Having taken the role as Chair at last year’s AGM, I look back at past Chair’s reports for inspiration and note a strange dichotomy whereby the changes seems stark yet the challenges seem almost identical over the years, which reflects the reality of the deep changes we have felt over the past few years and the profound impacts that we face and continue to address.
Solvency II, which has been live for over four years now, continues to challenge as we now find ourselves with the reporting timeframes squeezed while market participants and users of the reports we produce continue to evolve in how they read, interpret and judge these.
Companies should by now have their immediate Brexit mitigation plans either finalised or in full swing, but even the best laid plans will almost certainly have aspects that still need to be addressed during the transitional period and beyond. For many there will be plans to run off EU portfolios and firms should be engaging both with the GFSC and the host state regulators in respect of these run off portfolios. Local EU member states are likely to impose differing legislative regimes to manage run off portfolios and therefore companies will need to ensure that they are abreast of these in good time in order to ensure compliance from 1 January 2021 (or whenever the transition period ends).
For the majority of members whose business is in the UK, the position is somewhat simpler since Gibraltar is not part of the UK’s Temporary Permissions Regime and the single market between Gibraltar and the UK seems to be assured. Even in these simpler cases those, strategising into an uncertain Brexit world has significant challenges – issues around green cards seem to be well understood; but what for the potential for future impact of UK customs delays on getting motor vehicle parts to UK dealers, potential tariffs thereon increasing claim severity, impacts of potential exchange rates which are possibly going to be volatile?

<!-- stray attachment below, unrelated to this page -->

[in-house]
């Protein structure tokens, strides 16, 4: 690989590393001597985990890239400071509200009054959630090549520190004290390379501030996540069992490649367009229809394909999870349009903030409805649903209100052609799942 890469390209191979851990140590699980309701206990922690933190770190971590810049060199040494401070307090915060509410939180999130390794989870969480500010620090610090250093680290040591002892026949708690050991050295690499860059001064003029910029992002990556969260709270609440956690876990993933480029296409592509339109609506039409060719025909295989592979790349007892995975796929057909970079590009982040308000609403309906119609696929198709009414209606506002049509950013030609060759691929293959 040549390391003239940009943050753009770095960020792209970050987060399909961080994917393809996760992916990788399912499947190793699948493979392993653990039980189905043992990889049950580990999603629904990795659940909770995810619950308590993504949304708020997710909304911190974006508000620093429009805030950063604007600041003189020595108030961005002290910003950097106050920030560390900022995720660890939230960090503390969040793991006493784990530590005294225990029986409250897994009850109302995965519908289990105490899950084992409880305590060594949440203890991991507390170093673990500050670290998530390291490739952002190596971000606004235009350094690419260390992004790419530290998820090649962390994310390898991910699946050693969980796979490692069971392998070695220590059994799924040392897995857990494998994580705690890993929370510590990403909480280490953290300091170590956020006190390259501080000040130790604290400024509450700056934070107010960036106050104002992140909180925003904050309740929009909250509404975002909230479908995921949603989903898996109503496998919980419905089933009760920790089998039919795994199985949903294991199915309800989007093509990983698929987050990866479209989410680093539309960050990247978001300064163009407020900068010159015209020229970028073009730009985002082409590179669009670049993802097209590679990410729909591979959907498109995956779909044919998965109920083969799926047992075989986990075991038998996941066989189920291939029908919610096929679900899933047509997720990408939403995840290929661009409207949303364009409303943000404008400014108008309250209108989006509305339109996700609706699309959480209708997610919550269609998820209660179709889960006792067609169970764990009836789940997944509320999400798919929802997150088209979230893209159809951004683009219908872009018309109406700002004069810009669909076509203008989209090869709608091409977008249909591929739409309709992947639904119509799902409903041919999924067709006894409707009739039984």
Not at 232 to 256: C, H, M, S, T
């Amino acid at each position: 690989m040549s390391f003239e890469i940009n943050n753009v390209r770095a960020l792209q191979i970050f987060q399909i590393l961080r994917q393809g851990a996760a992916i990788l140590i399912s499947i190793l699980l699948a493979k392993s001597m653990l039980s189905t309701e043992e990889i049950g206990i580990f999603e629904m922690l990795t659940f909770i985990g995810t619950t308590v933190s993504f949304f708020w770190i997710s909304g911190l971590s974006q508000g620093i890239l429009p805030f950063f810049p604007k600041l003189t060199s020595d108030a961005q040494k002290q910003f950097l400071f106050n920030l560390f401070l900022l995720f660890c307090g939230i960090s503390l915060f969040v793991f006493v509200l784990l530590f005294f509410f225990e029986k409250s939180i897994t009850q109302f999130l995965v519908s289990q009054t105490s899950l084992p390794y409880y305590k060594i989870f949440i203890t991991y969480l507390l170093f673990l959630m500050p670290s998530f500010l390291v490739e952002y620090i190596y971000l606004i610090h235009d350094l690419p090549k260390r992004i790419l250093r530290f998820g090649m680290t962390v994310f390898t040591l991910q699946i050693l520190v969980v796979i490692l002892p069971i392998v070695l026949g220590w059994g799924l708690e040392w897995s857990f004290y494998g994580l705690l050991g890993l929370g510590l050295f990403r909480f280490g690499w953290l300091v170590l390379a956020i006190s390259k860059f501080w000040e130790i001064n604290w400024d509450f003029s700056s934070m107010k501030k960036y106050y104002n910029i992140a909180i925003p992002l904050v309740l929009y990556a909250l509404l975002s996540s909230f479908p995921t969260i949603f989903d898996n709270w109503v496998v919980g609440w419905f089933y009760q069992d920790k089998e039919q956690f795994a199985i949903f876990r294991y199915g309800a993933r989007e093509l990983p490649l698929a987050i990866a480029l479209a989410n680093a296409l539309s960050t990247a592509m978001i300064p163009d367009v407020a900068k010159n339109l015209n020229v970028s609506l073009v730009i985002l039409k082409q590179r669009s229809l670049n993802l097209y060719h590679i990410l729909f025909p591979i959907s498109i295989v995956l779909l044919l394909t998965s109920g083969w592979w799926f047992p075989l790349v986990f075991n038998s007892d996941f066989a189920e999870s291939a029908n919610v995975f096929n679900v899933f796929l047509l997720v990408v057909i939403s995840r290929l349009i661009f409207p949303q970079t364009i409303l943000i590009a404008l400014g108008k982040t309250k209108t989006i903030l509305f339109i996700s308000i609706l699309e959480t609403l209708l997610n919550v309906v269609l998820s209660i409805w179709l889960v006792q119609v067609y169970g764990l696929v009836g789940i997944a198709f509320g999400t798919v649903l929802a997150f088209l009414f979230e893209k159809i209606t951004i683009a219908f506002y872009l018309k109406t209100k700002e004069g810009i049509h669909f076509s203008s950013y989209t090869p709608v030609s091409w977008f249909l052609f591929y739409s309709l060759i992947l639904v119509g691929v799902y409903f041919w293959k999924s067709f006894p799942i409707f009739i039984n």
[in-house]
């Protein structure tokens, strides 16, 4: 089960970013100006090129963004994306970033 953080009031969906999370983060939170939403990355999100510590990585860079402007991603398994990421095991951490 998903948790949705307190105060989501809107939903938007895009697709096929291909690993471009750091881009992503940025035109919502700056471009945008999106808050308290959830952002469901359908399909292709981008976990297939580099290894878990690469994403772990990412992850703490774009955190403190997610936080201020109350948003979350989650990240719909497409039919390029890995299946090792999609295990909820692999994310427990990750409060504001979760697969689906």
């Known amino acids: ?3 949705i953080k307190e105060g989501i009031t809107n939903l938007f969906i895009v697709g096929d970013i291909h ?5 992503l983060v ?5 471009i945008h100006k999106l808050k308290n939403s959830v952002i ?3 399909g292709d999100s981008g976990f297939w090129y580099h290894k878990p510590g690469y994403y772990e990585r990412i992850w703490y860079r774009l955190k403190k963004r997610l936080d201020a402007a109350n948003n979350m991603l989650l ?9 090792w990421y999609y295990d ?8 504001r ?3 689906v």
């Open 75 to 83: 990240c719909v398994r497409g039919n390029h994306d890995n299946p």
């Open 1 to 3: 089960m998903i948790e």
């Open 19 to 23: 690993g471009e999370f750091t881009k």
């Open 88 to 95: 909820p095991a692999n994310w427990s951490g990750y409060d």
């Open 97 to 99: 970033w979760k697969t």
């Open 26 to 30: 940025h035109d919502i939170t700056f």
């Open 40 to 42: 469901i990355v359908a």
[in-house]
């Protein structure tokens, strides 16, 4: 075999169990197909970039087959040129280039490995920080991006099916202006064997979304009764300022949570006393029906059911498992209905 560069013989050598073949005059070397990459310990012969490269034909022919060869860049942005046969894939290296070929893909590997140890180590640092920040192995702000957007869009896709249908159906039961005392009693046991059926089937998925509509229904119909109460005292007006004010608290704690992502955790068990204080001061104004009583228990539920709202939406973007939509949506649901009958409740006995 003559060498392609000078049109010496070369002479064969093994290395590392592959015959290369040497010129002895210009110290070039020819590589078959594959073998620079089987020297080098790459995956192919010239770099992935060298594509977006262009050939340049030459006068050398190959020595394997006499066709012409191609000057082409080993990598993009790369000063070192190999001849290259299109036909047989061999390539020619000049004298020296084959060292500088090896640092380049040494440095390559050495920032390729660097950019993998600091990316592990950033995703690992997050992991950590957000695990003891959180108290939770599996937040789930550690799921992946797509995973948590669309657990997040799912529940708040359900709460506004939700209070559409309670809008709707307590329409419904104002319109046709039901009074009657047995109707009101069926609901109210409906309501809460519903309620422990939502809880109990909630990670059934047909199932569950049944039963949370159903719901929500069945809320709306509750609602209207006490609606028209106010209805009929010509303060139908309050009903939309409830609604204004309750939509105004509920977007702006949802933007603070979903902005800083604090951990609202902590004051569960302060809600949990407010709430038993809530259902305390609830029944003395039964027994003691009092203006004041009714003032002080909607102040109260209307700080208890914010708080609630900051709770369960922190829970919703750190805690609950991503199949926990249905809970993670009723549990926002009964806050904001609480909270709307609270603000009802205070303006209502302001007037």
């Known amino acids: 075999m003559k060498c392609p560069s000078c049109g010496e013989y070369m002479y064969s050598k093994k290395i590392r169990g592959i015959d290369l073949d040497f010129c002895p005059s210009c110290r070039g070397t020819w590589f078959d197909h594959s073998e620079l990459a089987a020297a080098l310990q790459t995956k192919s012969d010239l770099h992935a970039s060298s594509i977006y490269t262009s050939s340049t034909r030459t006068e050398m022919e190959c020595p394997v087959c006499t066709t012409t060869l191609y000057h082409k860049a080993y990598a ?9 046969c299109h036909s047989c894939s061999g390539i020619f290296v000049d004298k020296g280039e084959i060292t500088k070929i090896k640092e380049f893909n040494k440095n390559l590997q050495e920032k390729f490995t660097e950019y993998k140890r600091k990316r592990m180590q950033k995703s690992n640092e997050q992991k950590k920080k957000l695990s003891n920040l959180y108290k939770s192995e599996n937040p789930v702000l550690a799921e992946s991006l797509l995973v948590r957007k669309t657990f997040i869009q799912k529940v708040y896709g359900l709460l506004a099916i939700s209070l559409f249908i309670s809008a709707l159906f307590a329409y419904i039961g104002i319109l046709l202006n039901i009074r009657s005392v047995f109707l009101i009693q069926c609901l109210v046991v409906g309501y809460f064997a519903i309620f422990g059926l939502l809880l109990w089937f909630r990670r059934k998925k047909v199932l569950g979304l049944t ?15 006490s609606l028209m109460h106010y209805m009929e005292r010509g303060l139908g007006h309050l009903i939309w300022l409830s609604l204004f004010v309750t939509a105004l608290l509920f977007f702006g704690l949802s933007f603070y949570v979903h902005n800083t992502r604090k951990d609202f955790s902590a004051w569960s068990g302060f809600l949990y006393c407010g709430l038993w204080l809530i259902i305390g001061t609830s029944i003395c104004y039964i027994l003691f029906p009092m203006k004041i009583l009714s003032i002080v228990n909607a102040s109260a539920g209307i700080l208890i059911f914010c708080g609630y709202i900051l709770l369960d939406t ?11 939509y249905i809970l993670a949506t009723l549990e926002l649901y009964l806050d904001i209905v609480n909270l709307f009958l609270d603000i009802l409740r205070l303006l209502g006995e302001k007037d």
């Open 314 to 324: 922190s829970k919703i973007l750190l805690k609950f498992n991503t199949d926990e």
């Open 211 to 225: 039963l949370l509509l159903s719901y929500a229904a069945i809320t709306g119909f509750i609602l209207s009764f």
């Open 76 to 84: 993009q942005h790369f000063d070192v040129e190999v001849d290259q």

Are there benefits to Brexit? Of course there will be (else what’s the point of Brexit?) and I’m sure 2020 will show us at least the direction of trade negotiations with other parts of the world, but agreement with the EU will be key to this since other countries are likely to be looking with interest to see if there are benefits to be gained from invoking mostfavourednation clauses in trade agreements before committing themselves to the UK (and Gibraltar).
I’m quite certain that the subject of Brexit will be very high on the Chair’s 2020 Report as well.
The key change during the year was the introduction of the Financial Services Act 2019, with all the supporting regulations resulting from the Legislative Reform Programme coming into effect on 15 January 2020. While the key areas of the reform programme have been available and consulted on for some time, Government remains mindful that this is a major changes and that there may be some areas of the legislation that needs refining, and therefore all members are urged to communicate any continuing concerns that they have with the Financial Services Act 2019 and related regulations.